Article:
The Big Bus saved my life
Tuesday, 29 October 2013
A SILVERBRIDGE woman whose breast cancer was detected on Action Cancer's Big Bus, is encouraging other women to use the service saying it saved her life. Majella McKenna has become an Action Cancer Ambassador as the charity celebrates its 40th anniversary, in the hope that other women will avail of its breast screening service.
Mother of three, Majella, said: "When I was 40 I had my first mammogram. This was on board the Big Bus when it visited my place of work at Newry and Mourne District Council to conduct breast screenings and MOT Health Checks with the council employees. The staff on the bus were friendly and put me at ease. The mammogram itself felt slightly uncomfortable but only for a few seconds, and the whole process took only 15 minutes. I was relieved when I received a letter within a few weeks saying that everything was clear.
“It was on my second visit to the Big Bus that my breast cancer was detected. I received a letter from Action Cancer in September 2011, reminding me that it was time to book my routine breast screening appointment. Shortly afterwards I saw it advertised in my local paper that the Big Bus was coming to Kelly's Hardware in Warrenpoint, this visit was open to the public so I phoned up and booked myself an appointment.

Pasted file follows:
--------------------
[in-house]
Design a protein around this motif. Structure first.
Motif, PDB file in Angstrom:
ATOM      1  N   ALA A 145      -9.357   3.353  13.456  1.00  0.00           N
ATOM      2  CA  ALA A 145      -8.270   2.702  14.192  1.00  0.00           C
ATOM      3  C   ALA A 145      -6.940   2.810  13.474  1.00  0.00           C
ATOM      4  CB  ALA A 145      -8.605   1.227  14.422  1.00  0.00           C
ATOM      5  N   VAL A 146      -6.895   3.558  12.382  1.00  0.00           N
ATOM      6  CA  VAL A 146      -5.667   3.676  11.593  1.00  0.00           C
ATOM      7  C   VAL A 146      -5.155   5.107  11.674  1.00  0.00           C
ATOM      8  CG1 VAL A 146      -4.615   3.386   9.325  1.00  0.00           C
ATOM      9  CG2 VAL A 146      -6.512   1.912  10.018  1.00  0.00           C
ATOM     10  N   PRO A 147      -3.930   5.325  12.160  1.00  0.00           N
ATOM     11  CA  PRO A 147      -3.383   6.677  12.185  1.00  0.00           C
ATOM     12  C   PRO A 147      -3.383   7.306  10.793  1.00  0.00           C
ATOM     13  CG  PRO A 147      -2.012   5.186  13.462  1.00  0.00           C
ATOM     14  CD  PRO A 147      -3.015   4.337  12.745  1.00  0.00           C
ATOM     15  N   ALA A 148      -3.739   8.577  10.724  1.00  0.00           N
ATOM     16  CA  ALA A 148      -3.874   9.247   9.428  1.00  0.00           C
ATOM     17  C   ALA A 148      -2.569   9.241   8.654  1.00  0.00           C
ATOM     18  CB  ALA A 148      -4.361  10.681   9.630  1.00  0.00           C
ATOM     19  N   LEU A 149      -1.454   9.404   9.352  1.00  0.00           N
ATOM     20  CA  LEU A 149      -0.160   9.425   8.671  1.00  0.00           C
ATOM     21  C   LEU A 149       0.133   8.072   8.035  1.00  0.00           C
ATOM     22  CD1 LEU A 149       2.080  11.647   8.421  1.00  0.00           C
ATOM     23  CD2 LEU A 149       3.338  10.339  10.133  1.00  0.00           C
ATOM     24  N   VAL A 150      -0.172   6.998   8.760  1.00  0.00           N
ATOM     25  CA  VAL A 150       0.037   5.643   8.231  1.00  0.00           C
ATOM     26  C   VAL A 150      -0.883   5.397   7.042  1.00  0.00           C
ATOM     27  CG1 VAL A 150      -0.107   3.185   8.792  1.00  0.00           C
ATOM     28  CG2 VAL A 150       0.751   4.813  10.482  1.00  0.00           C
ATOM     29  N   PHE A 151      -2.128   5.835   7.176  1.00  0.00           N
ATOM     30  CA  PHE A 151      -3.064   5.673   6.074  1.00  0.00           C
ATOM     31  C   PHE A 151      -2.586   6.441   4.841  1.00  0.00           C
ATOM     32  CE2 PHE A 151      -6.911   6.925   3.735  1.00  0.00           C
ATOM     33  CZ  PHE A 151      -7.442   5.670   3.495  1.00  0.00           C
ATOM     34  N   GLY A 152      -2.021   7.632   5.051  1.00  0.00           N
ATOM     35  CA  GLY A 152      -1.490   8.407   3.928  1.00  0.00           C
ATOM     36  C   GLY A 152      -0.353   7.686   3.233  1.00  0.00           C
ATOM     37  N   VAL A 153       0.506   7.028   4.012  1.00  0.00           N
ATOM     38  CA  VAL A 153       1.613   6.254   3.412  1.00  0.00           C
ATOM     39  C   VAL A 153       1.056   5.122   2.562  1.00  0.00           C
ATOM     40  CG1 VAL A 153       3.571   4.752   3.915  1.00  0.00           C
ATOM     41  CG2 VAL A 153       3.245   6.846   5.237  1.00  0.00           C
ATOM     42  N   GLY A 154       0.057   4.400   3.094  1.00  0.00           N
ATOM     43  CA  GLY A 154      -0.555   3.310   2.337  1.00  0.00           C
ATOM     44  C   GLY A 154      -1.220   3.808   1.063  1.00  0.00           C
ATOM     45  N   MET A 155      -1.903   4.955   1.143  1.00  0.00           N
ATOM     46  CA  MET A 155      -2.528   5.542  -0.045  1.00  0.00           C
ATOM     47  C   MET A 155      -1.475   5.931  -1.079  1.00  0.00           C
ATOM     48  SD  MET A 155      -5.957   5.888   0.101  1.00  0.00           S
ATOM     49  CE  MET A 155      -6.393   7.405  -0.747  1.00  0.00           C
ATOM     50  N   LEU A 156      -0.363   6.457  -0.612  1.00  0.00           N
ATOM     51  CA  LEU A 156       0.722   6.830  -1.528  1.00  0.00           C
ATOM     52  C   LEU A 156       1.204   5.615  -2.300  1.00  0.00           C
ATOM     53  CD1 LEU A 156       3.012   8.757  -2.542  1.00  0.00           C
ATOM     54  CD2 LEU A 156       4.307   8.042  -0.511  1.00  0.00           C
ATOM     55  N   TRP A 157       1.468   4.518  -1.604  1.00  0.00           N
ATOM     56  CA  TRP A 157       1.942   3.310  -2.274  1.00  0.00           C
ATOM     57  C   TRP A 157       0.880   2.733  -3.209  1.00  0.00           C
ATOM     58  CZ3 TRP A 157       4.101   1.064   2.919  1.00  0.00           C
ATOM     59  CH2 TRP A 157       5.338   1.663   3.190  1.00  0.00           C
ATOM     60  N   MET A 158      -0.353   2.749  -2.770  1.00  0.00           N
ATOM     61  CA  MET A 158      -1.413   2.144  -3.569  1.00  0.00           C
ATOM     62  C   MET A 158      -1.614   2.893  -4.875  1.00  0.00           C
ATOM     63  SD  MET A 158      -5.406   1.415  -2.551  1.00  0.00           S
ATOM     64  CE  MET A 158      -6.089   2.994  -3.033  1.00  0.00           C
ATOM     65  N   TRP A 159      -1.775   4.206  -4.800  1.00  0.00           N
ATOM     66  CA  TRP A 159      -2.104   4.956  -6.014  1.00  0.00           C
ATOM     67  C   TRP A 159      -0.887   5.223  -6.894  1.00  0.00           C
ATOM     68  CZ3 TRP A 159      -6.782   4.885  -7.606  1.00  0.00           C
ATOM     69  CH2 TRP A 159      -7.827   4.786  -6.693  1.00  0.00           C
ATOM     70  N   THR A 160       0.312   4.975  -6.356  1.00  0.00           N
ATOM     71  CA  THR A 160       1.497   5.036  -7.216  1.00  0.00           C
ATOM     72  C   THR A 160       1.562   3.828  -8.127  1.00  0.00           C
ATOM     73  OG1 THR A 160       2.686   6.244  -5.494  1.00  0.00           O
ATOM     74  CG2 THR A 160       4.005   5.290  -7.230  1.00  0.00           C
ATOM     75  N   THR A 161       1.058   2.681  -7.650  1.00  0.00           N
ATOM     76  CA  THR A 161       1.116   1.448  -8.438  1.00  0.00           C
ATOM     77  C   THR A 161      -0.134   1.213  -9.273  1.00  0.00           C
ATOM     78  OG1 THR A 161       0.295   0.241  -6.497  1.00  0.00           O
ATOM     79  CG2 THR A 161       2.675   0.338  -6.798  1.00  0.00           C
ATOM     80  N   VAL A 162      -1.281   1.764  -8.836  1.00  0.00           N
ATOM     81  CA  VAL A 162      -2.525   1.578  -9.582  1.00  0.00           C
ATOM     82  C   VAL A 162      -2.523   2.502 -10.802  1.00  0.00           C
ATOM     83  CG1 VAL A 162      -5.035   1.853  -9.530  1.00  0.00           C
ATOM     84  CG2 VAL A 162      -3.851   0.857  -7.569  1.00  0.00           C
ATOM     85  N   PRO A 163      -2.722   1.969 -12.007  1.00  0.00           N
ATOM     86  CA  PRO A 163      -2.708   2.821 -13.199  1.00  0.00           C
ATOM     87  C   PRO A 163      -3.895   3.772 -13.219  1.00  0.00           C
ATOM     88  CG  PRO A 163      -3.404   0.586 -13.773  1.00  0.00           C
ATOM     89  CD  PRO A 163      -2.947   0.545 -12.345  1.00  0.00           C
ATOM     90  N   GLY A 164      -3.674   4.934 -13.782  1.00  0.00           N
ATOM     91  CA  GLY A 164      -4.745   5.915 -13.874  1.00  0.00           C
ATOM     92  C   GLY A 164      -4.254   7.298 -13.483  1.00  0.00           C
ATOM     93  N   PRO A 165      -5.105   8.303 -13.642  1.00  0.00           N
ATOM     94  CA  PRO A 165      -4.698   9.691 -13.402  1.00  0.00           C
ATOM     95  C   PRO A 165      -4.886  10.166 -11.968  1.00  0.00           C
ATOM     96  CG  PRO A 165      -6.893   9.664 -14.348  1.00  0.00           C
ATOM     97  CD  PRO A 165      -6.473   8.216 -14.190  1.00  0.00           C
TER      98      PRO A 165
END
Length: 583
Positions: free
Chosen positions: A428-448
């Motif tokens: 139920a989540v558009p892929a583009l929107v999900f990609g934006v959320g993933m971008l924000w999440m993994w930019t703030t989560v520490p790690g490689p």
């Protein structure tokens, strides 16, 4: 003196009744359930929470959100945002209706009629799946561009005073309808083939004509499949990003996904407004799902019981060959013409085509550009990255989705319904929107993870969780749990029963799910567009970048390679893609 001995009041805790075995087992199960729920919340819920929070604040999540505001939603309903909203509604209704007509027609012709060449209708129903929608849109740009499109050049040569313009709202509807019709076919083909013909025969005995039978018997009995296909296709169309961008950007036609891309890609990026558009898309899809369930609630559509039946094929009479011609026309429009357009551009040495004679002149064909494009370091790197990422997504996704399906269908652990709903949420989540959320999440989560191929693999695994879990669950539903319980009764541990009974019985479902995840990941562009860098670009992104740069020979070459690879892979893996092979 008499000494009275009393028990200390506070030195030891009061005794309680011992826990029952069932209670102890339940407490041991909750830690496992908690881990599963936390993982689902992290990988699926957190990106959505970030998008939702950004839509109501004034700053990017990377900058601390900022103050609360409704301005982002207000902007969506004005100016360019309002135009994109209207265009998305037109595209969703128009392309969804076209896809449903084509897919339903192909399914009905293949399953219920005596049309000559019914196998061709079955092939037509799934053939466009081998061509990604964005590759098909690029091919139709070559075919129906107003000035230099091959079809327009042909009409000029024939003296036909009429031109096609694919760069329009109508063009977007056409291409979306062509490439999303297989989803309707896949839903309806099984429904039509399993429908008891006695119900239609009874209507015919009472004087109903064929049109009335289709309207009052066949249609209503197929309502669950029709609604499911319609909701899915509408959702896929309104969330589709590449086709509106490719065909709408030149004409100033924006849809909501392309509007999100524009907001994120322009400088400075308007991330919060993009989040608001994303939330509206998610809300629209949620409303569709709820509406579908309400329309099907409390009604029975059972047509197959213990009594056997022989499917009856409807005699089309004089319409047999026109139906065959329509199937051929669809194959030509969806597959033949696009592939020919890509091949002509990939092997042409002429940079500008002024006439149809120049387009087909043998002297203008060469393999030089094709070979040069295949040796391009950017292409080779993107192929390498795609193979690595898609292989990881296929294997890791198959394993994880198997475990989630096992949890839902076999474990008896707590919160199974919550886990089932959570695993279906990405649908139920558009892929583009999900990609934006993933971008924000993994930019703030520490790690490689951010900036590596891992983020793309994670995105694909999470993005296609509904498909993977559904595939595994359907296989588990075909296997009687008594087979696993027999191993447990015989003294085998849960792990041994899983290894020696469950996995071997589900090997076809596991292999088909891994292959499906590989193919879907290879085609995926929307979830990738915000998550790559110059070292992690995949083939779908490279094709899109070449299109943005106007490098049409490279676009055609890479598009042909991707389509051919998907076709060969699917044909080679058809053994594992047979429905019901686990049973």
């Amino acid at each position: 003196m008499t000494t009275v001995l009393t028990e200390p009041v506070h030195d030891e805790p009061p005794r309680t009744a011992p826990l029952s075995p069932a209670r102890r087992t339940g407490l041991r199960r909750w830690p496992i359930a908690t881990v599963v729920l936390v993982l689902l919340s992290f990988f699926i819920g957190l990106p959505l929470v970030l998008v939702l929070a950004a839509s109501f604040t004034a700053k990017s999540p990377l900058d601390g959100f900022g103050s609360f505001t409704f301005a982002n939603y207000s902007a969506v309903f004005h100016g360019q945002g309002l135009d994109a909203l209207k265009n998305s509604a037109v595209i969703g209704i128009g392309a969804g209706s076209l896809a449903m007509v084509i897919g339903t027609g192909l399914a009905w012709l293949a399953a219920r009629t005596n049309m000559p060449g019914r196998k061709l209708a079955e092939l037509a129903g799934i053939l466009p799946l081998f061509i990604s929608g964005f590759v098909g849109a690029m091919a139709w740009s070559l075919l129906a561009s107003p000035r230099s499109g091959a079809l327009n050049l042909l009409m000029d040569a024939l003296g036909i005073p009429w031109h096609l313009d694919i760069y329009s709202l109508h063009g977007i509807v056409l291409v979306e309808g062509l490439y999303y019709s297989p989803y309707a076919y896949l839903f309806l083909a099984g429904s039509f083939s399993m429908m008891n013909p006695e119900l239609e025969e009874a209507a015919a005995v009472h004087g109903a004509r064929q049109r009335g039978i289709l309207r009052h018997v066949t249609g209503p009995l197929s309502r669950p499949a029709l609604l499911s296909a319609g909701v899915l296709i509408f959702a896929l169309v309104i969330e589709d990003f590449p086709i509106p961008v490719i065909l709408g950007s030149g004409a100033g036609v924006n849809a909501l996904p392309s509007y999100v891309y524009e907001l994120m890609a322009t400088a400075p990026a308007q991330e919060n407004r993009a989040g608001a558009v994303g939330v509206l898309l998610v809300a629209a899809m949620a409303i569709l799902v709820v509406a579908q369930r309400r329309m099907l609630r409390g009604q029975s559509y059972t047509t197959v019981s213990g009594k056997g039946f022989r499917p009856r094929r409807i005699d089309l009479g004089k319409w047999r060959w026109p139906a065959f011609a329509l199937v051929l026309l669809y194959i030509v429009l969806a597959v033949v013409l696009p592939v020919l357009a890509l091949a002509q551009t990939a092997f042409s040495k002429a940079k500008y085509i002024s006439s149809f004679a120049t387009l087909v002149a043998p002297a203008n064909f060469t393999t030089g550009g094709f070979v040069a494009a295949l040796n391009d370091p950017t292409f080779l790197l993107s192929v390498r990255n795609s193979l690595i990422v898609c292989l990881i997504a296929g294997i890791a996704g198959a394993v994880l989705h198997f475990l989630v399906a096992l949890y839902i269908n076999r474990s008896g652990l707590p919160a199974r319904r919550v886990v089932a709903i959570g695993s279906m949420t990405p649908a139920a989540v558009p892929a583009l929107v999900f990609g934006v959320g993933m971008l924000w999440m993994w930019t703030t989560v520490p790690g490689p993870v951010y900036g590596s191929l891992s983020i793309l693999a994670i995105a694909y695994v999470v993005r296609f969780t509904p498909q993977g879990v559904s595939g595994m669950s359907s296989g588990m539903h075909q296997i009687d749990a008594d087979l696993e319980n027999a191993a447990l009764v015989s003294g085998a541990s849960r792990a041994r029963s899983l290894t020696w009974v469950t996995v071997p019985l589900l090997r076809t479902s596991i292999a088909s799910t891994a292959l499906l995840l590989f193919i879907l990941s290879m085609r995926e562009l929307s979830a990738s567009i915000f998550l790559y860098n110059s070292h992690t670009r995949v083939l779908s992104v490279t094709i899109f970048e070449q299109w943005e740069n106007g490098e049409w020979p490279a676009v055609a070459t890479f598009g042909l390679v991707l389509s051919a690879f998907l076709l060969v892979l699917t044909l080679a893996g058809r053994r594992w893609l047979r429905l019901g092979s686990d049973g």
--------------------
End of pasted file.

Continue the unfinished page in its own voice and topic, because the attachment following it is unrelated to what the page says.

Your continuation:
“Within the two weeks following my appointment I received a letter from Action Cancer saying that further tests were needed and that I had been referred to the Belfast City Hospital. I naturally felt very frightened. I drove up to Belfast and visited the hospital where the breast nurse explained to me that a shadow had been detected in my left breast and that further investigation was needed. That day I had another mammogram, a needle biopsy, a tissue biopsy and an ultrasound, it was all very overwhelming. I then waited for a week before my results came back."
Accompanied by a friend back to the City Hospital, Majella was given the devastating news that she had breast cancer. She was told the cancer was situated so far back that she would not have found it by self checking. Thankfully it was detected at an early stage and was treatable.
Majella then had a lumpectomy in January 2012 which would be followed by radiotherapy. During the operation some of Majella's lymph nodes were removed to test to see if the cancer had spread.
“Following the operation the Oncologist told me that I was border line for needing chemotherapy. Being a single mum of three kids I needed to think of my future. Having done some research and after seeking the advice of friends I decided to go for it. Having the treatment was a struggle and as my hair started to fall out my confidence took a big hit but the whole time I kept thinking I'm doing this for my kids," she said.
“In January of this year I had a mammogram and I am pleased to report that I am cancer free. The next step for me is to potentially look at reconstructive surgery. My journey has been a difficult one but I am still here and my kids still have a mum. I can't thank Action Cancer enough. The Big Bus really did save my life," she said.
Majella is encouraging women aged 40-49 and 70 plus, who are not part of the NHS screening programme, to book a screening with Action Cancer today.
“A 15 minute appointment either on board the Big Bus or at Action Cancer House in Belfast could save your life," Majella said. To book an appointment call 028 9080 3344 or visit www.actioncancer.org
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